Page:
Trimming The Fat

State Of The Market

Big, across-the-board cost-cutting, chiefly characterized by massive layoffs, was a fad among large corporations in the 1990s. Companies laid off more than 700,000 people during 1999 alone, according to career services and placement company Lee Hecht Harrison. But that kind of cost control failed to catch on among entrepreneurs. One reason is that small companies are leaner than large companies, so huge cost curtailment risks cutting beyond fat and into muscle. "If you take it off company-wide, you're taking off things you need," says Jeff Olson, 43-year-old co-founder of Velocity Business Publishing, a book and e-book publisher in Bristol, Vermont.

With robust sales growth, cost savings seems unimportant to many entrepreneurs. Jeff Musa, founder and president of Cutting Edge Software Inc. in Dallas, is a typical case. "Our business is in exponential growth mode," says Musa, 43, whose five-person company writes spreadsheet software for Palm Pilot hand-held computers. "Worrying about costs just drags us down."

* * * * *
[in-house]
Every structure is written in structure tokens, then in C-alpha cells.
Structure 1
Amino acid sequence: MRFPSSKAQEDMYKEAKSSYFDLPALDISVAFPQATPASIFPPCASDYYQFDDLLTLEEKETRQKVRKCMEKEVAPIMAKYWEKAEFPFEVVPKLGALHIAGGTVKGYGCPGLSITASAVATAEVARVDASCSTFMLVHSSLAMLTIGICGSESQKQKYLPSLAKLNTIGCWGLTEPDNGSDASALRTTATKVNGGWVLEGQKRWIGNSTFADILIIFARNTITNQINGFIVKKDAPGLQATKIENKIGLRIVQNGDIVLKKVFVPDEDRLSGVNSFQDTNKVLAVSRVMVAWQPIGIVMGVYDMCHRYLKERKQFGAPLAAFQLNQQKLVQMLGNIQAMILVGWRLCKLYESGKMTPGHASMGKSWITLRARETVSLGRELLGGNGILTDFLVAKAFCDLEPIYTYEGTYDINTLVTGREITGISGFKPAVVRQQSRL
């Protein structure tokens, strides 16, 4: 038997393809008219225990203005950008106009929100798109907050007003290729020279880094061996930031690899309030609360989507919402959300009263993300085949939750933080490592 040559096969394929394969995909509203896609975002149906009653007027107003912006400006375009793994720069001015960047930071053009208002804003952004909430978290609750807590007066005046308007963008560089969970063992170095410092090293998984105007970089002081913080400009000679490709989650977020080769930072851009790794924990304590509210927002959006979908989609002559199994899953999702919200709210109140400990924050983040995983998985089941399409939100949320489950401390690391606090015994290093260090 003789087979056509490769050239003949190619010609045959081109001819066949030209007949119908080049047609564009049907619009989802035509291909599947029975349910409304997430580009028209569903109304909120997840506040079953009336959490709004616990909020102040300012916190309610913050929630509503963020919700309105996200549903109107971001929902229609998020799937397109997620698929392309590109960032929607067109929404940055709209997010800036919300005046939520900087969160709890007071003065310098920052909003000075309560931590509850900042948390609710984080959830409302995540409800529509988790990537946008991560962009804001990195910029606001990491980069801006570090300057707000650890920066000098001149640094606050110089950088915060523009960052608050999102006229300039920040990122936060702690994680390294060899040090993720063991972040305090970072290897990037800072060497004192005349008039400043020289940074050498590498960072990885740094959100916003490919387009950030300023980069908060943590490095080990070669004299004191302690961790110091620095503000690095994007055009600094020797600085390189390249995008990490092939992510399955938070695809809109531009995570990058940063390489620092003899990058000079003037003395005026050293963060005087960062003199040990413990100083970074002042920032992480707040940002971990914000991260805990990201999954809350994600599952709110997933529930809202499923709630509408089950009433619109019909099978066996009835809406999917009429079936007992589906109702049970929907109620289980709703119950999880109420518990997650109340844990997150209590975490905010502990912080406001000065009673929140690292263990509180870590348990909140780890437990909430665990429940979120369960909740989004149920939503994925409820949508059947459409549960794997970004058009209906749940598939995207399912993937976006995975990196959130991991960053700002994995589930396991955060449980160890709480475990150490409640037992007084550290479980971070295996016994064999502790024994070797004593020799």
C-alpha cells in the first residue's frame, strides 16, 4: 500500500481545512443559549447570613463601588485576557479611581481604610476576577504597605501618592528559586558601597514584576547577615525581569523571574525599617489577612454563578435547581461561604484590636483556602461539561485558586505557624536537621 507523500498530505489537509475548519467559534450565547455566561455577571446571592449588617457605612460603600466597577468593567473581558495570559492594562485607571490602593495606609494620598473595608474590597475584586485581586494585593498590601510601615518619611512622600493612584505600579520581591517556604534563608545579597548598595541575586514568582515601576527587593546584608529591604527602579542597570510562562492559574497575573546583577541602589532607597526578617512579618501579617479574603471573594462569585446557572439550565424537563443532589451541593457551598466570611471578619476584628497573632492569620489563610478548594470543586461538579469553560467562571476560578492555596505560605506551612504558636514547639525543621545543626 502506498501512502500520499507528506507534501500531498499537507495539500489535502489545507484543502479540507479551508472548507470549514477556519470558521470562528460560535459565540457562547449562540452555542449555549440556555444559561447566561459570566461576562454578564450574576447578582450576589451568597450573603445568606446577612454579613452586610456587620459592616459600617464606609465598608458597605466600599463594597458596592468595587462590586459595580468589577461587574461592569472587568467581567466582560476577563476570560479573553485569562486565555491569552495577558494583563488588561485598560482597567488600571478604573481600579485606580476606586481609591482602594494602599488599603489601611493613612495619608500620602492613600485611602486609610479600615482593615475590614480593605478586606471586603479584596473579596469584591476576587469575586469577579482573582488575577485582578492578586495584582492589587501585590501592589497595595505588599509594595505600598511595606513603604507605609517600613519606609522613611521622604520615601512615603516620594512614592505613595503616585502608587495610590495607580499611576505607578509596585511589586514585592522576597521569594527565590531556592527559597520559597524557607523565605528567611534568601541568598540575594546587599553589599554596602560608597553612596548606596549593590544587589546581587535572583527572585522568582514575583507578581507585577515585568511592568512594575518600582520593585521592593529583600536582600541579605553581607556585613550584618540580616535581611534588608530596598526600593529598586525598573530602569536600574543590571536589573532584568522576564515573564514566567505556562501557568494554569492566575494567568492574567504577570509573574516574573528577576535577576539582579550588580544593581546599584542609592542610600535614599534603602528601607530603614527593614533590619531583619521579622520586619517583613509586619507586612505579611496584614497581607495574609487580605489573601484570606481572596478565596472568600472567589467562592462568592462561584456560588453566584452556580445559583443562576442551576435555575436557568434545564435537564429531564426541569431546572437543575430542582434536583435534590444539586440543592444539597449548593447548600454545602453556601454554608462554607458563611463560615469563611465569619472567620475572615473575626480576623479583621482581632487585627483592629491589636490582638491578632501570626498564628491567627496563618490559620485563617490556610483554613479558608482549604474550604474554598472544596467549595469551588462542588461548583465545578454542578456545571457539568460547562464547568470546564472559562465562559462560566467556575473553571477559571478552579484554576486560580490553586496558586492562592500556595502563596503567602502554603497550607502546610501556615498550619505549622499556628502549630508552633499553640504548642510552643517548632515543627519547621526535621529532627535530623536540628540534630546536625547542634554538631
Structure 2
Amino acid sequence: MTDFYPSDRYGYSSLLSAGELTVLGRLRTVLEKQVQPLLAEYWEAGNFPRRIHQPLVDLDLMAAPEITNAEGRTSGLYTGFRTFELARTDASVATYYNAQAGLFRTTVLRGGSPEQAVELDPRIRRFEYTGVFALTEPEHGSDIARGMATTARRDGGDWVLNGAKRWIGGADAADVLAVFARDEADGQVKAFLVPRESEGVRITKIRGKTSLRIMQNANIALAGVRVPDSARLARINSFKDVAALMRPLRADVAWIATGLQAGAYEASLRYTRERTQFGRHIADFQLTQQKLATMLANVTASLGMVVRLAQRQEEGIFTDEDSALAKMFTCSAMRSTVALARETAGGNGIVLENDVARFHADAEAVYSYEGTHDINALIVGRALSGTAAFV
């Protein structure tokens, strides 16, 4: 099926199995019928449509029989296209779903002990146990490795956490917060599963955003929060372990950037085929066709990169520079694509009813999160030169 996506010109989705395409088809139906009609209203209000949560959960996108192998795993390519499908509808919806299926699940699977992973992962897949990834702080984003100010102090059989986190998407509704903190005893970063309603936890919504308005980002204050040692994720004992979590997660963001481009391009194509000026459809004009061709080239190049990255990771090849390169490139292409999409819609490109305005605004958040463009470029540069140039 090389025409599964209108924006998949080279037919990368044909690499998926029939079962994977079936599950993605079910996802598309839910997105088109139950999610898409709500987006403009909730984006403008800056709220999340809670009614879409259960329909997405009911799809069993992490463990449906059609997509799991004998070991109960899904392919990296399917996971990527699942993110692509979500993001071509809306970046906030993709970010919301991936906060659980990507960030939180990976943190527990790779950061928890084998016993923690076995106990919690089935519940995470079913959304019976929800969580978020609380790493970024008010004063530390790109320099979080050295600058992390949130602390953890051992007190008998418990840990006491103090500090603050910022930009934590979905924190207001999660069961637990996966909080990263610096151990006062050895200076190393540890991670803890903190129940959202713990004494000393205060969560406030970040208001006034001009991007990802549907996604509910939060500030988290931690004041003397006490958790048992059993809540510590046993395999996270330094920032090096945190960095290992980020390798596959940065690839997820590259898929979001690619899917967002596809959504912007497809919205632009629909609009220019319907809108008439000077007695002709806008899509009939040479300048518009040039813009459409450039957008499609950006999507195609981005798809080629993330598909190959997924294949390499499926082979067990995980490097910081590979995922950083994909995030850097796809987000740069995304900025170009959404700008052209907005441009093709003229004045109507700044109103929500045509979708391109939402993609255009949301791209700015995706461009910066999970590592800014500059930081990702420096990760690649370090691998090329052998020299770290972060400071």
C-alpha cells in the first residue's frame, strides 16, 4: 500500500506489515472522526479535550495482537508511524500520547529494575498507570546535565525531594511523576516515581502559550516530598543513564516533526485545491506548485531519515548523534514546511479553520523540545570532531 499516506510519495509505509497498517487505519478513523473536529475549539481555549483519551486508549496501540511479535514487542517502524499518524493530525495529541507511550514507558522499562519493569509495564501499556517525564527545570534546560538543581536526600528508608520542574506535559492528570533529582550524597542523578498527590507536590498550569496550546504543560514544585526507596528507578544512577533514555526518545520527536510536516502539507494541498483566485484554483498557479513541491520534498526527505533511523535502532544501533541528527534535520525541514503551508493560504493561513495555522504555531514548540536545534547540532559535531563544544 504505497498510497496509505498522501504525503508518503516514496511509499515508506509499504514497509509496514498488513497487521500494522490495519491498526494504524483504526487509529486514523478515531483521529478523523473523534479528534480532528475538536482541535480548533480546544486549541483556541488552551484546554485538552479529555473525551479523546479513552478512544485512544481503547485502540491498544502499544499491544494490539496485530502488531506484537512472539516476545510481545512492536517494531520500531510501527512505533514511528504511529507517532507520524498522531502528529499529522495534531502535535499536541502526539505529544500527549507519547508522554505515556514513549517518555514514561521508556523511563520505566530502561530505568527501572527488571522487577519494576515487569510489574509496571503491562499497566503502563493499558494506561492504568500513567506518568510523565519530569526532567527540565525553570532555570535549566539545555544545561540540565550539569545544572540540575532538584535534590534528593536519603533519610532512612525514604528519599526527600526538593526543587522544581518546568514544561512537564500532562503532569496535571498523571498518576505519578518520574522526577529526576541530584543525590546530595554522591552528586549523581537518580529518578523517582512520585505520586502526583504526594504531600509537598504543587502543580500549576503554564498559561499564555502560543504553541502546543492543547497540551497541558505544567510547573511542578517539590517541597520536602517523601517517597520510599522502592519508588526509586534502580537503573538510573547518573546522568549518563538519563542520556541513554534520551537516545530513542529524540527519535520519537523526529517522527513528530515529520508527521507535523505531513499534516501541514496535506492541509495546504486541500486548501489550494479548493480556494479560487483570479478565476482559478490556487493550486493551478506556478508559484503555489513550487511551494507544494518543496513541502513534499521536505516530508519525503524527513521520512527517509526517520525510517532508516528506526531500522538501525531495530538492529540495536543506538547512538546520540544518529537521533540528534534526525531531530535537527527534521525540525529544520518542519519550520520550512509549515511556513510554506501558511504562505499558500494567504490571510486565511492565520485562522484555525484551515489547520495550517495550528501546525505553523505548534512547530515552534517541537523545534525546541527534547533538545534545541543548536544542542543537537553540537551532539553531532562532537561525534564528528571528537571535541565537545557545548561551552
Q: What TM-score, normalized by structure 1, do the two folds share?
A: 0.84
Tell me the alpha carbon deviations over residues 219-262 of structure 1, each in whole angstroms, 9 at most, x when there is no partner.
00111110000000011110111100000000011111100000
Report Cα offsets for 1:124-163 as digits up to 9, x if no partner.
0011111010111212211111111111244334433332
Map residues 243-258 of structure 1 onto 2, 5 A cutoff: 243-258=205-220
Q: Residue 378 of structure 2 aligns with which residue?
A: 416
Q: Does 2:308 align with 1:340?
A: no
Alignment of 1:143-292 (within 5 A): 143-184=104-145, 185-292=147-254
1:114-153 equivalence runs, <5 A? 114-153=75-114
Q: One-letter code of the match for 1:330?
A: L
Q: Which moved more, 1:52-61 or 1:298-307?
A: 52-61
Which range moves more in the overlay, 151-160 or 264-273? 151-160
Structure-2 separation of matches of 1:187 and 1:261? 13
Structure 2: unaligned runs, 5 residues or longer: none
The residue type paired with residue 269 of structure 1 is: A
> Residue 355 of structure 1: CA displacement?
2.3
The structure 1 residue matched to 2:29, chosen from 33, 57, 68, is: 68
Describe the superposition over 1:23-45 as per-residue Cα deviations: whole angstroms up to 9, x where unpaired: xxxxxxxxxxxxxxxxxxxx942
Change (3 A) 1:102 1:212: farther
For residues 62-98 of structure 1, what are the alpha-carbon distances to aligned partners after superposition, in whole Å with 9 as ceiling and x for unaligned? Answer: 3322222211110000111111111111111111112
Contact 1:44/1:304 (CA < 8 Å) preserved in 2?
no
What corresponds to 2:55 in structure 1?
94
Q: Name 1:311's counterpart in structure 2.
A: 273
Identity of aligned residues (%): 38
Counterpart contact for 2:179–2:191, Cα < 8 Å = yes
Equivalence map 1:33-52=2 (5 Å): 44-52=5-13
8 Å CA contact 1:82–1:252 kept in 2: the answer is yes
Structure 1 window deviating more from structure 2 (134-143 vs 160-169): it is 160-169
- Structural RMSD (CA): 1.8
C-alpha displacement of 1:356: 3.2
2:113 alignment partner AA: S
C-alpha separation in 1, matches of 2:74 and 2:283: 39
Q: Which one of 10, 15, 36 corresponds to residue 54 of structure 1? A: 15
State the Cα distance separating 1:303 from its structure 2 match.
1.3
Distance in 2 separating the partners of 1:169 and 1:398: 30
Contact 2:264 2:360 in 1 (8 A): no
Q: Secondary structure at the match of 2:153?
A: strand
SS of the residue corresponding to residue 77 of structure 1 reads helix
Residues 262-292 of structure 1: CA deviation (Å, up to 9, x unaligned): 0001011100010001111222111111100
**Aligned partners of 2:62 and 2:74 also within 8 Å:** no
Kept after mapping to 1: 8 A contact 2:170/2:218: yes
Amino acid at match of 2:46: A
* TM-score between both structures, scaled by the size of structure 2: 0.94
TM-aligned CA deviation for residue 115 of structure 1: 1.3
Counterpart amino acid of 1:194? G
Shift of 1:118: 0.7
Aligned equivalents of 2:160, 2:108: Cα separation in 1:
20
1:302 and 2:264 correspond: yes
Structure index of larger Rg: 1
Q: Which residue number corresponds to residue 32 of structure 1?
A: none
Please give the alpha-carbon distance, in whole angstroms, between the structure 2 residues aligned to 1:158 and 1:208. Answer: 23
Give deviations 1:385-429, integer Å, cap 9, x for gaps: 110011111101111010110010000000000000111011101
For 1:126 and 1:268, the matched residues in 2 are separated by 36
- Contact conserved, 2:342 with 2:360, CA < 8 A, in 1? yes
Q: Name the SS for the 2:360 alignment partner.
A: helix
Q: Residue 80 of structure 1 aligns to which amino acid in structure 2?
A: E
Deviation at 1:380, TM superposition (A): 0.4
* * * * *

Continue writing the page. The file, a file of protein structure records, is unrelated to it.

Entrepreneurs don't appear to be suffering for their lack of cost concern. In 1998, annual business bankruptcies were down 31.6 percent from 1990, according to the American Bankruptcy Institute. But with a slowing economy, 2001 should see more bankruptcies. "Even if the economy's good," says Olson, "individual companies can certainly be mediocre-and worse."

Though survival may not be a burning issue for most firms at the moment, the seeds of the next age for cost control may already be sown, according to Wil Uecker, an associate dean at the Jones Graduate School of Management at Rice University in Houston. Shoppers of all kinds can now compare prices for many products and services using Internet search engines, online trading and shopping services such as and eBay. "The comparison shopping that now exists means you have to be cost-effective," says Uecker.

Finally, no matter how robust your condition, it could always be better. Liposuction cost-cutting produces savings that beautify the bottom line-even if the top line looks the same. "What it's all about is profit," reminds Mollerud. "Whatever you can bring to the bottom line strengthens the company."

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This article was originally published in the March 2001 print edition of Entrepreneur with the headline: Trimming The Fat.

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